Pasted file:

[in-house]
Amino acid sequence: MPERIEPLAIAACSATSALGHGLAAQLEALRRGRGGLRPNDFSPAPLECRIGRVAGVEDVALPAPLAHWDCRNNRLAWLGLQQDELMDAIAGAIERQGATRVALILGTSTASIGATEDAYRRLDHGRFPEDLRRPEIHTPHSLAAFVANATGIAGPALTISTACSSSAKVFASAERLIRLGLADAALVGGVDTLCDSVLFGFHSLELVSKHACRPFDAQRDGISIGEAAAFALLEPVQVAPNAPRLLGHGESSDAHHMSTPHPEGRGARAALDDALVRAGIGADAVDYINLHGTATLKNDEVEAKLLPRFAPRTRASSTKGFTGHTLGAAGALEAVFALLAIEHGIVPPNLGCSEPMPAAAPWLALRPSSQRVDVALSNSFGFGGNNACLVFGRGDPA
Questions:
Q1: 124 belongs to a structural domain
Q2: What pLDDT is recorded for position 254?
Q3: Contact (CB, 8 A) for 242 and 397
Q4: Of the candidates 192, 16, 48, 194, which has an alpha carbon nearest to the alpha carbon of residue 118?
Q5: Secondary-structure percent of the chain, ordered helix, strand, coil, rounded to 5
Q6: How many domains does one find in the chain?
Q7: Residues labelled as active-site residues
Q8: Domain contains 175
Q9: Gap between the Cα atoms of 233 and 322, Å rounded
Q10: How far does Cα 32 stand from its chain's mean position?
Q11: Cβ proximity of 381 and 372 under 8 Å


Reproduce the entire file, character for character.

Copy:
[in-house]
Amino acid sequence: MPERIEPLAIAACSATSALGHGLAAQLEALRRGRGGLRPNDFSPAPLECRIGRVAGVEDVALPAPLAHWDCRNNRLAWLGLQQDELMDAIAGAIERQGATRVALILGTSTASIGATEDAYRRLDHGRFPEDLRRPEIHTPHSLAAFVANATGIAGPALTISTACSSSAKVFASAERLIRLGLADAALVGGVDTLCDSVLFGFHSLELVSKHACRPFDAQRDGISIGEAAAFALLEPVQVAPNAPRLLGHGESSDAHHMSTPHPEGRGARAALDDALVRAGIGADAVDYINLHGTATLKNDEVEAKLLPRFAPRTRASSTKGFTGHTLGAAGALEAVFALLAIEHGIVPPNLGCSEPMPAAAPWLALRPSSQRVDVALSNSFGFGGNNACLVFGRGDPA
Questions:
Q1: 124 belongs to a structural domain
Q2: What pLDDT is recorded for position 254?
Q3: Contact (CB, 8 A) for 242 and 397
Q4: Of the candidates 192, 16, 48, 194, which has an alpha carbon nearest to the alpha carbon of residue 118?
Q5: Secondary-structure percent of the chain, ordered helix, strand, coil, rounded to 5
Q6: How many domains does one find in the chain?
Q7: Residues labelled as active-site residues
Q8: Domain contains 175
Q9: Gap between the Cα atoms of 233 and 322, Å rounded
Q10: How far does Cα 32 stand from its chain's mean position?
Q11: Cβ proximity of 381 and 372 under 8 Å